Once again, we come across men and women making their own history but not as individuals floating free of the ties of class.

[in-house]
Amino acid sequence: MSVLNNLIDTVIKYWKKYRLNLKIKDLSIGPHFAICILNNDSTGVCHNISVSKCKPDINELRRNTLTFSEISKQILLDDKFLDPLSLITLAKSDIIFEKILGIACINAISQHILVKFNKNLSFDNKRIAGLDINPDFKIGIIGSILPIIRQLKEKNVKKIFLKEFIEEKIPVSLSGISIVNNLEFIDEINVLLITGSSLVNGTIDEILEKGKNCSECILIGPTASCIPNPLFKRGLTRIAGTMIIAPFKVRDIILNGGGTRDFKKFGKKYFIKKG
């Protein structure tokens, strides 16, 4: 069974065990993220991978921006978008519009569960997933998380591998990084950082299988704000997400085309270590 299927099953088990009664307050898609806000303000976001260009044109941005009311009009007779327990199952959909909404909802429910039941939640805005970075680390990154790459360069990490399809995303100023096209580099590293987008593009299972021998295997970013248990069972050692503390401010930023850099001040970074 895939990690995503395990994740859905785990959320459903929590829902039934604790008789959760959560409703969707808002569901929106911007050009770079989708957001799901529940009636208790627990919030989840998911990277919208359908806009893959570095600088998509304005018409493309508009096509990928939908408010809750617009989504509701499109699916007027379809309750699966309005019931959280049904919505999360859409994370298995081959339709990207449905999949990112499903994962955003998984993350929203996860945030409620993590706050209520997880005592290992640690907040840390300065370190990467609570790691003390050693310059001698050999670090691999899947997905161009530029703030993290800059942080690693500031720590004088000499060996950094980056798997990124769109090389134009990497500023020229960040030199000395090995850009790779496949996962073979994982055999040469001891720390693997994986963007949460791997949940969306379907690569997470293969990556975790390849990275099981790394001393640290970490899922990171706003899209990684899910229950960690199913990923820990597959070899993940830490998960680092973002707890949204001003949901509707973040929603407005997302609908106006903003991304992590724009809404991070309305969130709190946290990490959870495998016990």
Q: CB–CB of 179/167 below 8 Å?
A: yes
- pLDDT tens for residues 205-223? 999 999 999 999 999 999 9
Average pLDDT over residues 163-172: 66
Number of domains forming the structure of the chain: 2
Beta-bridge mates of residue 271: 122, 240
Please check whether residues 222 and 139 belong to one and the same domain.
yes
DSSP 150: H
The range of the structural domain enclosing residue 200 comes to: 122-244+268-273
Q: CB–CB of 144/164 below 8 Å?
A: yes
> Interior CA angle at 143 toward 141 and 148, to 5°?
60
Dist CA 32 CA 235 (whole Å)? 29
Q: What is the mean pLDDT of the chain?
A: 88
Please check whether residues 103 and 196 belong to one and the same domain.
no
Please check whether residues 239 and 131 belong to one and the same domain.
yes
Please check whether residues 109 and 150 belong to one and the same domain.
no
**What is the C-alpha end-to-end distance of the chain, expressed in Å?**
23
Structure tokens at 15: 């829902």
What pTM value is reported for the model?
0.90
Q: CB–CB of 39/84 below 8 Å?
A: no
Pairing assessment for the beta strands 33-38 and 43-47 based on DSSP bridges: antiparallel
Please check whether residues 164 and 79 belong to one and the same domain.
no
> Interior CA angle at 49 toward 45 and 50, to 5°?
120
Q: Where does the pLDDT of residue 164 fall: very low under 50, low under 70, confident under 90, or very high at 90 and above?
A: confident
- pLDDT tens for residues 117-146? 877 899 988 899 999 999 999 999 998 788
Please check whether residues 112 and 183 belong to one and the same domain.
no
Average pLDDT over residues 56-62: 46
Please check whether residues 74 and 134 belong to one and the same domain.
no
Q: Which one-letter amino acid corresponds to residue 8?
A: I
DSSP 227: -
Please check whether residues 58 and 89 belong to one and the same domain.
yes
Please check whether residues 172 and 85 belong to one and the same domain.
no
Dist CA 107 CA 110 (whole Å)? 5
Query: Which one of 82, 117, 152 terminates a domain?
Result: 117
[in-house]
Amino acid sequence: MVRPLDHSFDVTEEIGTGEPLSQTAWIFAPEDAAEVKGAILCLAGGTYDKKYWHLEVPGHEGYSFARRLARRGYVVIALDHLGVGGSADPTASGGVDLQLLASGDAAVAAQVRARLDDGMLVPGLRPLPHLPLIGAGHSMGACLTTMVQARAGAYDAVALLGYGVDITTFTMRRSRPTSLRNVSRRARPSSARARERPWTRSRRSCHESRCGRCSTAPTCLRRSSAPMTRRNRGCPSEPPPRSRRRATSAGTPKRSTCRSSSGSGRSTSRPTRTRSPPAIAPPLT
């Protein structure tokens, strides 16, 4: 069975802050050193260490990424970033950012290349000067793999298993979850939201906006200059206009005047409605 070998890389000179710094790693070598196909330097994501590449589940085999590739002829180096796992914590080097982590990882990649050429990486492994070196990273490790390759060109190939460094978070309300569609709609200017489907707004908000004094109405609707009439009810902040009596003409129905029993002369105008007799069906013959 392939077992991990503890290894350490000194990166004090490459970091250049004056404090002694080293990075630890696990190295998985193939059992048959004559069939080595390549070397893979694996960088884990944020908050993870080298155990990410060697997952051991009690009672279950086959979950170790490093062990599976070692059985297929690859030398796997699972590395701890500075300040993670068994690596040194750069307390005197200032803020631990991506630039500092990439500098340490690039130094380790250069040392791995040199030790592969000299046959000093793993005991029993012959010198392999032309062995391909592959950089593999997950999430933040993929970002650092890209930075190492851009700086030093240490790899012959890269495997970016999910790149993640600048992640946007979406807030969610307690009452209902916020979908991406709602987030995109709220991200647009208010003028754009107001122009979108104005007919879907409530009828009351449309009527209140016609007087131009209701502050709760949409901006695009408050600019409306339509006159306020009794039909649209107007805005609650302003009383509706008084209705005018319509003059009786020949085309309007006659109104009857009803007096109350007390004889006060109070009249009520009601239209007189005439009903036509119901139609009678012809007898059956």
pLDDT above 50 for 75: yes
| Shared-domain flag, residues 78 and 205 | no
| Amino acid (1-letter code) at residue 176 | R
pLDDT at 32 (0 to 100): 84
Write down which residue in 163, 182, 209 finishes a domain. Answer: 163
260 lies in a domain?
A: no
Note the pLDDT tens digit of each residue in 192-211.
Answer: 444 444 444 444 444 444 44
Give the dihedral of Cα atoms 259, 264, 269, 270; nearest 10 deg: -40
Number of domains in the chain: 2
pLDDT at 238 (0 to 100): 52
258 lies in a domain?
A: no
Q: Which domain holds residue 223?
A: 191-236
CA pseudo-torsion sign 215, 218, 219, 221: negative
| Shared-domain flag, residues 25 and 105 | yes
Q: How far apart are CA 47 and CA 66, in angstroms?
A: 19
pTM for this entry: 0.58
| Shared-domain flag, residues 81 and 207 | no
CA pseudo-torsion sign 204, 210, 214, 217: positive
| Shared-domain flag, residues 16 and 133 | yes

It is especially in describing the Party of Order, that conglomer­ation of monarchist politicians who attempted to rule France between the end of the revolutionary period of 1848 and the victory of Bonaparte, that Marx explores the complicated class/party relationship. He draws a picture of dissonance, of representatives being out of synch with those they represent, of various fractions of the bourgeoisie turning away from their political leaders, for very different reasons, to look to Bonaparte as their saviour. These reasons include the specific material interests of the various parts of the bourgeoisie, but also a plethora of inter-related factors, as is obvious from the depiction of the defection of a chunk of the conservative/monarchist majority in parliament to Bonaparte’s camp in early 1851. They deserted “out of fanaticism for conciliation, out of fear of the struggle, out of lassitude, out of family regard for the state salaries so near and dear to them, out of speculation on ministerial posts become vacant… out of sheer egoism, which makes the ordinary bourgeois always inclined to sacrifice the general interest of his class for this or that private motive”. The point here is not that Marx is saying that class isn’t the major factor in party politics, but that it plays itself out in a variety of ways, some of which are quite unpredictable. At the same time he is anxious to strip away the ideological veils that hide raw class struggle behind them, and he makes no bones about it that the great currents swirling under the surface of party politics are those of class struggle. What should not surprise anyone familiar with Marx’s writings is that he can see both the wood and the trees.